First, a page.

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Where Do We Go from Here?

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Pete Souza/White House
Barack Obama at the White House, November 2010

And there are steps that the White House could take without congressional approval. Democrats could pressure the administration to fix the inexcusable mess at the HAMP (mortgage modification) program—a program whose Kafkaesque complexity has in many cases made matters so bad for home owners that it has triggered the foreclosures it was supposed to avoid. In addition, mortgage relief would benefit the wider economy. Furthermore, the scope of mortgage relief could be made much wider if Fannie Mae and Freddie Mac were used to guarantee mortgage refinancing. Other proposals go even further: for example, that Fannie and Freddie engineer reductions in mortgage principals. All of this could be done, conceivably, by executive order.

Democrats could also demand that the administration—specifically, the Treasury—act on the problem of China’s currency manipulation, which keeps the remnimbi artificially cheap compared to the dollar. While China’s actions are not the main factor in our economic woes, they are a factor. China’s unprecedented level of currency manipulation siphons off demand for US products that is much needed in our depressed economy, and shifts our imports away from other countries such as Mexico that are much more likely to reciprocate with purchases of American goods. The obvious American response is to threaten, and if necessary actually impose, countervailing duties on Chinese exports—a step that is backed even by strong advocates of free trade, such as Fred Bergsten of the Peterson Institute for International Economics. Such a move would have overwhelming Democratic support in Congress, and would put Republicans on the spot if they tried to block it.

While seeking to limit damage on the economy, Democrats can also force the Republican agenda into the open. On issue after issue, the public favors what is in fact the Democratic position over what is in fact the Republican position—but Democrats gain little from this preference, because voters don’t know what either party actually stands for. Merely to cite Republican opposition votes as an obstacle to change is to ignore what might be done to inform and mobilize the public.

Obama’s failed efforts at bipartisanship are partly to blame. Consider the remarkable message of a poll on Social Security taken just before and on the night of the midterm elections.1 This poll found overwhelming support for what amounts to the Democratic position on Social Security: maintain benefits, don’t raise the retirement age, but do raise taxes on higher earners if necessary. Yet the same poll found Republicans more trusted than Democrats to do the right thing. How is this possible? Surely Obama’s support for a supposedly bipartisan deficit commission—even after the commission’s cochairmen came out for cutting benefits and raising the retirement age—must have had an effect on the outcome. Voters apparently suspect that Democrats will sell them out on Social Security; and it’s up to Democrats to get out the message that they’re wrong.

There are other issues on which Democrats can try to draw the line. They inexplicably failed to make a midterm election issue of Republican demands that upper-income tax cuts be extended even in the face of large budget deficits; and Obama has now settled for a two-year extension of all the cuts, in return for some additional stimulus. It’s a questionable deal, but in any case the tax-cut issue will return—and the real lesson of the debacle so far is that Democrats need to make the case for not perpetuating tax cuts for the wealthy early and often. In fact, this is one issue where Democrats have to regain some credibility, if they want to reenergize a defeated and demoralized base.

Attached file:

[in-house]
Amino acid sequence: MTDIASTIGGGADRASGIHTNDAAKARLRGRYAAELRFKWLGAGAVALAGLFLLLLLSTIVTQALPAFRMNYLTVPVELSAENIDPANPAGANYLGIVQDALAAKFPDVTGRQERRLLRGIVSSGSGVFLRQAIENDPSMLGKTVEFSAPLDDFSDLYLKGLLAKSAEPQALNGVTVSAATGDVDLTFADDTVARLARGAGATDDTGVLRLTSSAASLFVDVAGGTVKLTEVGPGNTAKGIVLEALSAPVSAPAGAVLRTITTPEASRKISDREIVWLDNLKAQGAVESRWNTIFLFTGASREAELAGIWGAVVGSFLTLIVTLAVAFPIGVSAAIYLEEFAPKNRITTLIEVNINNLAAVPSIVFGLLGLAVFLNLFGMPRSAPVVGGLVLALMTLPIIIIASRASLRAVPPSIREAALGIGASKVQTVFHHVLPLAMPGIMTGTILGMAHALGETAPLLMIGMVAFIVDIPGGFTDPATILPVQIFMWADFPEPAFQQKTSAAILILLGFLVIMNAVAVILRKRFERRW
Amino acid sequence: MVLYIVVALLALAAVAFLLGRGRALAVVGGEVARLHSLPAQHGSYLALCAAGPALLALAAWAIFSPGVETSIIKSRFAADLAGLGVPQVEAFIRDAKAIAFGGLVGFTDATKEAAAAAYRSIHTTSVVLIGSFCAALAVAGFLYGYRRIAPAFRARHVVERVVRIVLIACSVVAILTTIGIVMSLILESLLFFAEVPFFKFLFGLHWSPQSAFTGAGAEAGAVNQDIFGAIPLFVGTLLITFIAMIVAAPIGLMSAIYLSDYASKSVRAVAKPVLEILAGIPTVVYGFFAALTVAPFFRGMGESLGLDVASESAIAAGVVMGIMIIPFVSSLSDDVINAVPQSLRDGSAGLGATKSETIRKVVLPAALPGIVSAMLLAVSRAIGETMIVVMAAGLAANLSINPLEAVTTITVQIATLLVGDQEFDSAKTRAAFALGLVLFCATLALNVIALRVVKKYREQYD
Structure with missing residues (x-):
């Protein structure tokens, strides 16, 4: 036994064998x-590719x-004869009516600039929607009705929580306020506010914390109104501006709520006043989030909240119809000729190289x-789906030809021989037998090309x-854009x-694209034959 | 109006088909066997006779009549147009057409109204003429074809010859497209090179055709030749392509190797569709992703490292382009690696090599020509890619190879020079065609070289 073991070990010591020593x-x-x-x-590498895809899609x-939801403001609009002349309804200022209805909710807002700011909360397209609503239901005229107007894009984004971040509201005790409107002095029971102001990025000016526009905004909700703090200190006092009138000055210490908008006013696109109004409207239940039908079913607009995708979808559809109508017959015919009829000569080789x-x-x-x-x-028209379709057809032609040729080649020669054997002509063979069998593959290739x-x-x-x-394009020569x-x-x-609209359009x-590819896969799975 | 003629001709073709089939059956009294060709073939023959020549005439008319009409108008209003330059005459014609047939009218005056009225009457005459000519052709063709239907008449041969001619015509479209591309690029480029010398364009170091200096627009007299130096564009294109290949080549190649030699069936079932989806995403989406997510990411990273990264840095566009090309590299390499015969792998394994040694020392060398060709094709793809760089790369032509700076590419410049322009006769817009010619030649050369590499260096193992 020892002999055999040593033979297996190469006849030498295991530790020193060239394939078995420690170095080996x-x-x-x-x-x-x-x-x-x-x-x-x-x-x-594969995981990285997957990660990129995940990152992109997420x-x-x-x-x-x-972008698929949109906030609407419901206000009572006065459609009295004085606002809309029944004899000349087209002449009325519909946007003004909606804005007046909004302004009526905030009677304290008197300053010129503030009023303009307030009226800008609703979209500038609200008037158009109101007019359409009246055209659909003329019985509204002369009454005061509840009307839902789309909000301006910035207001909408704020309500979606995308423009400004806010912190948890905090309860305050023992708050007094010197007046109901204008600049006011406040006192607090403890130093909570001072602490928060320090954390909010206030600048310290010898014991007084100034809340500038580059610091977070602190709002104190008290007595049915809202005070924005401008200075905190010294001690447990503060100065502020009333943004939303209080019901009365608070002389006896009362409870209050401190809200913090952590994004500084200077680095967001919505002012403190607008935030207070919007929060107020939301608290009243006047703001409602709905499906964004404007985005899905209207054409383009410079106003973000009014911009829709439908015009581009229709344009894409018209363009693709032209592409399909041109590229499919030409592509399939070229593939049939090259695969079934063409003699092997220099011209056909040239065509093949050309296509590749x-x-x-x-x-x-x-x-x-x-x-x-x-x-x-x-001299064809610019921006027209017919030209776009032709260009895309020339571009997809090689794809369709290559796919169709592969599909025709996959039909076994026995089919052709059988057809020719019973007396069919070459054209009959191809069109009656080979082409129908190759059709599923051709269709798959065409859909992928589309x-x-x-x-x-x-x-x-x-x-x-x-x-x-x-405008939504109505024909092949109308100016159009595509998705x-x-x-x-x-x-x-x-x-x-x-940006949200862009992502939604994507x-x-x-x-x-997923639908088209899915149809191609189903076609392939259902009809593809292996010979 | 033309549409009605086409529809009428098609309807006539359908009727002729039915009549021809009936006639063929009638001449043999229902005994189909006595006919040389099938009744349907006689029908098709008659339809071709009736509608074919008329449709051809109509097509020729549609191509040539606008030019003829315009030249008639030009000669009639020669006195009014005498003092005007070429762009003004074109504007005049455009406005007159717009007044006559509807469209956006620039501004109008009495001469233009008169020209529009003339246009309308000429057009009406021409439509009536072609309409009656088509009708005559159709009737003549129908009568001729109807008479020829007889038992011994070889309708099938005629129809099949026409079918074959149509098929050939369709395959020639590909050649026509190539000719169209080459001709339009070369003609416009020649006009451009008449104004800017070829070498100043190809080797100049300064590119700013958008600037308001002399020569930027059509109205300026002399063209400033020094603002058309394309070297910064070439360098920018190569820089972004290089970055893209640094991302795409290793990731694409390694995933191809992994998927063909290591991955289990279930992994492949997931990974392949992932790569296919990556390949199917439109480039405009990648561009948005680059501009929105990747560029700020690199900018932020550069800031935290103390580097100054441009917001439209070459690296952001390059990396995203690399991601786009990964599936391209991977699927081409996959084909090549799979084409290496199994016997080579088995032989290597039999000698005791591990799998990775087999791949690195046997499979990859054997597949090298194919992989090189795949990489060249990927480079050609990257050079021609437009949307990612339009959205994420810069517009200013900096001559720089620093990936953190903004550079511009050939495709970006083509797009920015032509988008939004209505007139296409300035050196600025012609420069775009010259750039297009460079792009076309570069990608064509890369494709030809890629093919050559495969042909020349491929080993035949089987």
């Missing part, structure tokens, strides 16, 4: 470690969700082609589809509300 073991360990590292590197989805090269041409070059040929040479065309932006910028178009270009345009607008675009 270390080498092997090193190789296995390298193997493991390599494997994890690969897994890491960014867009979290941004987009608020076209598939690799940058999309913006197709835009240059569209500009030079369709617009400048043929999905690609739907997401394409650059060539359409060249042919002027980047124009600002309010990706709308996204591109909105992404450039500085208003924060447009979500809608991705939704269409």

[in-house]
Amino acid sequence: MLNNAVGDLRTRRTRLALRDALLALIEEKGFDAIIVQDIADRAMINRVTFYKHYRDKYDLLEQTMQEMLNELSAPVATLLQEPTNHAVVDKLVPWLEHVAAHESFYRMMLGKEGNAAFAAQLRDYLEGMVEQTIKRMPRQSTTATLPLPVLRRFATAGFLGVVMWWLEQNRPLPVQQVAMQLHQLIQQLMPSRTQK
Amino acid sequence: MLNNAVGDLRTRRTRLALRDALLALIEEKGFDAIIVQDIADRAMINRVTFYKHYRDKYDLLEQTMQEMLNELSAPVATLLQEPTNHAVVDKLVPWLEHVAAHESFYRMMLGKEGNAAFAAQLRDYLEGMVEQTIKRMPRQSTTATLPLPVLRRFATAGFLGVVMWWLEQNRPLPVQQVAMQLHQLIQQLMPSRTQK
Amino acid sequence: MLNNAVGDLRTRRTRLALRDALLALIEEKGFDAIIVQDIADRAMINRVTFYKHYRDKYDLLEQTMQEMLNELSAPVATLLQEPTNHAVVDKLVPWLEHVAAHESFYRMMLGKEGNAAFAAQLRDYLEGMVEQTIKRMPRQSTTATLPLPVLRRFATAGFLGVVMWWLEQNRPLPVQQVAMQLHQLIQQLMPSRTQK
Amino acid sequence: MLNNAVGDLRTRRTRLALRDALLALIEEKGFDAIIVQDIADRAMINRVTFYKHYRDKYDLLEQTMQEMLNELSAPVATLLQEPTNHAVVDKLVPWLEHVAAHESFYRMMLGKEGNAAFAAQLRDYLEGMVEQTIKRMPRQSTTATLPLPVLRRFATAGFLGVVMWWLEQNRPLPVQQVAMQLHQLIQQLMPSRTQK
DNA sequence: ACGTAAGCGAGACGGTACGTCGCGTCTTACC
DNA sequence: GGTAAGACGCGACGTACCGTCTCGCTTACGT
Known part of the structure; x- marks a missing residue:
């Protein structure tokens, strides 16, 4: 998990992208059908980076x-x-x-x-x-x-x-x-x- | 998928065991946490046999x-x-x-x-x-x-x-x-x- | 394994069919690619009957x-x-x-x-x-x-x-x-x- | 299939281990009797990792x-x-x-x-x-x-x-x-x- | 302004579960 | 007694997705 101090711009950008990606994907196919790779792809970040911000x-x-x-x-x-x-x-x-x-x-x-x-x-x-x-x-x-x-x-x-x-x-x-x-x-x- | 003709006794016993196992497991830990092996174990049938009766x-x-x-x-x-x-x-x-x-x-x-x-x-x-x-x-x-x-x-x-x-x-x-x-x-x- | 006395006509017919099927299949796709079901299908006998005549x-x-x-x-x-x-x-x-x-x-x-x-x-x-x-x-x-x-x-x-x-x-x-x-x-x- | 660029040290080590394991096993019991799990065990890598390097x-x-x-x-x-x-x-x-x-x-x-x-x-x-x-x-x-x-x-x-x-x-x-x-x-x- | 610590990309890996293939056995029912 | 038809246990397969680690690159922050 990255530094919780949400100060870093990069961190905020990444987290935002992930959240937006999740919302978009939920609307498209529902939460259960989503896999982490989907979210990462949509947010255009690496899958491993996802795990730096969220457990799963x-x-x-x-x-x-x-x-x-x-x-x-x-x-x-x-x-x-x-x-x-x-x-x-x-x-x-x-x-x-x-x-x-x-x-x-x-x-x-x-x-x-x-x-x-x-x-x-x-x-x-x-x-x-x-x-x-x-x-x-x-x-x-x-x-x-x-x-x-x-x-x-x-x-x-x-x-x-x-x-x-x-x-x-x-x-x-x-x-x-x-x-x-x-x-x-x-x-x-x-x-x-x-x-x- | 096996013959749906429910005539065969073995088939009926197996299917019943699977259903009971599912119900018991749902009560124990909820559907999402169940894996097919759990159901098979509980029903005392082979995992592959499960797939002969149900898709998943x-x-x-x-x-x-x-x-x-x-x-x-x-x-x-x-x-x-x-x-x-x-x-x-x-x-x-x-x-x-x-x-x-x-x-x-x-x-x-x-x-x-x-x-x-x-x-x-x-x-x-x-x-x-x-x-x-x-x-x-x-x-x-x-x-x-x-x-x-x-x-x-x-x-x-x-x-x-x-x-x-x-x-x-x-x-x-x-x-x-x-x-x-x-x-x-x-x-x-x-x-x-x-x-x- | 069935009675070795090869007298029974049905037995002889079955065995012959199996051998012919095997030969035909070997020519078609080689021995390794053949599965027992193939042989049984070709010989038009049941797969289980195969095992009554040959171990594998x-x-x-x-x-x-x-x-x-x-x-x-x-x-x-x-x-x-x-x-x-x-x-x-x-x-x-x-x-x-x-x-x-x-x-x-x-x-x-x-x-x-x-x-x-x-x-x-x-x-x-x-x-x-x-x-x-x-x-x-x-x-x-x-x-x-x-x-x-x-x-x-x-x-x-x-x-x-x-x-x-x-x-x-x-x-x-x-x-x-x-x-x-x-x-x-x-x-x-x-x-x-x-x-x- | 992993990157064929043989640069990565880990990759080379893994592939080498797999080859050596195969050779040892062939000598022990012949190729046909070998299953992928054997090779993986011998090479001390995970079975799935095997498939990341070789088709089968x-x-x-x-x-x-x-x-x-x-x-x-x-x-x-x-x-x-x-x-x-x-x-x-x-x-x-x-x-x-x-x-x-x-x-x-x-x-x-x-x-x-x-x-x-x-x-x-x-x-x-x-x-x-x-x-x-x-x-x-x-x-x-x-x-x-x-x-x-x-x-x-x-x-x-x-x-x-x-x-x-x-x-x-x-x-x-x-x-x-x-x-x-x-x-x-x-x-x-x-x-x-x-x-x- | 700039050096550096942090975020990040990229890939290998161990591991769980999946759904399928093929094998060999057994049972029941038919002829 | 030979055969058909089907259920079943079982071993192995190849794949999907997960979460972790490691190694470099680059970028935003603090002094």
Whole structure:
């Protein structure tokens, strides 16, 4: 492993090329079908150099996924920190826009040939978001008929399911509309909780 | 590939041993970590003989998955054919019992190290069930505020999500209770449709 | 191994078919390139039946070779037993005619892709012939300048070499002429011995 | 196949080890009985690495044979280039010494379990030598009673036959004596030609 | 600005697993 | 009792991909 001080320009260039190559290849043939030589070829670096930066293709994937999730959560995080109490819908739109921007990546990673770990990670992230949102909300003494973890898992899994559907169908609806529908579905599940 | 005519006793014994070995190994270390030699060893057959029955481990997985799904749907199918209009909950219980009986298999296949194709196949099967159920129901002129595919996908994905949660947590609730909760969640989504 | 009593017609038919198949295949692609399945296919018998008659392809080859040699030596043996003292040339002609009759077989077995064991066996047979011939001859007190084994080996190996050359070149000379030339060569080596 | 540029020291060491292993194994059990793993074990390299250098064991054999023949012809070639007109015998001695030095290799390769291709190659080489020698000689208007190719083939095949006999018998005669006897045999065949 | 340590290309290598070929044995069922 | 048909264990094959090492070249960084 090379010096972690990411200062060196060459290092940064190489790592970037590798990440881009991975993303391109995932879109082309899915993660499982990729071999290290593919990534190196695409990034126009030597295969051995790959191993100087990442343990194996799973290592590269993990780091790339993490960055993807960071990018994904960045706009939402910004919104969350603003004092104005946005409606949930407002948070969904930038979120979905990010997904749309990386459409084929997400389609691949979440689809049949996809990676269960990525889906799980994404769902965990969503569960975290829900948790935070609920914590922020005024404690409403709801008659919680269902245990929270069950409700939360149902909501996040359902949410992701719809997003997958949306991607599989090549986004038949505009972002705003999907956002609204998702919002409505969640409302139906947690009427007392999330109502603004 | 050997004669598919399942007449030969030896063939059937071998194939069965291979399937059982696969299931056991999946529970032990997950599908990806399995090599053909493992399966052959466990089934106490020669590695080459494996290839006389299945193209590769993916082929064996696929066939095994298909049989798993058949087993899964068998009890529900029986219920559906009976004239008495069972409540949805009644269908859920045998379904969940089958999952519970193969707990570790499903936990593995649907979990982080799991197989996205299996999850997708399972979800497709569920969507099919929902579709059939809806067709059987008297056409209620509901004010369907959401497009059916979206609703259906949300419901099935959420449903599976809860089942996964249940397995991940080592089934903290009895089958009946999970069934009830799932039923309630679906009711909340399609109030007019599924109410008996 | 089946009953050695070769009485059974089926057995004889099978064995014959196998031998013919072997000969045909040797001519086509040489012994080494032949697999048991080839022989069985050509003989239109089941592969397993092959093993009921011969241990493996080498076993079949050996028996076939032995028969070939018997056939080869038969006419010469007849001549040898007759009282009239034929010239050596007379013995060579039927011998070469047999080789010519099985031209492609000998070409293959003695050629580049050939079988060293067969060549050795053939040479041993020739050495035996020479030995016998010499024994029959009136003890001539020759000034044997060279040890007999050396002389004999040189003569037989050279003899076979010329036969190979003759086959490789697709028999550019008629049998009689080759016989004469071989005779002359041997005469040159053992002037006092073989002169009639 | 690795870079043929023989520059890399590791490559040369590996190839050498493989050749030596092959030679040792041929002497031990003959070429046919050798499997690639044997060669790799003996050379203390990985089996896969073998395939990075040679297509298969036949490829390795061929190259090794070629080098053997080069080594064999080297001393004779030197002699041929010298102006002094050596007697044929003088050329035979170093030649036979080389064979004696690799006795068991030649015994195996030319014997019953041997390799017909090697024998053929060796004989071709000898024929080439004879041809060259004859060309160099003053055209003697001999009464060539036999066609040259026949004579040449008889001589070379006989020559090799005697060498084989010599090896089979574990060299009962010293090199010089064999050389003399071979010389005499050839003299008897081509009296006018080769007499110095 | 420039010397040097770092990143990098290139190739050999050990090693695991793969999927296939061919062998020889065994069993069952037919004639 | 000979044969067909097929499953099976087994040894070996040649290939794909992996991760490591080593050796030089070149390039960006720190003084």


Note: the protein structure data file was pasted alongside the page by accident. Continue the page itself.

And this brings us to our last point. Democrats need to make it clear that if Obama isn’t going to be the leader of the Democratic agenda—and all indications are that he can’t or won’t—they will advance that agenda anyway, with or without his help. They have to be ready to delink their political fate from Obama, and make it clear that they won’t tolerate further undermining of their goals by deluded calls for bipartisanship. Progressive groups—MoveOn, for example—helped put Obama in office by mobilizing their members and followers through a variety of organizational strategies, including use of the Internet. They did so only to be ignored and dismissed once the 2008 election was won, and now they need to be revived.

How far should delinking from Obama go? There is no obvious contender to mount a primary challenge, which is in itself a testimony to Democratic weakness. But the possibility is clearly there, and both will and should become a reality if Obama follows a path of capitulation.

In 2008, progressives fell for the fantasy of hope and change on the cheap; they believed Obama’s promise that the reforms America needed could float through on a tide of bipartisan reconciliation. It was not to be, and clinging to that illusion will only lead to more defeats. If progressives want to rebound, they’ll have to fight.

—December 16, 2010

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    Conducted by Lake Research Partners, October 31–November 2, 2010, and available at StrengthenSocialSecurity.org. 

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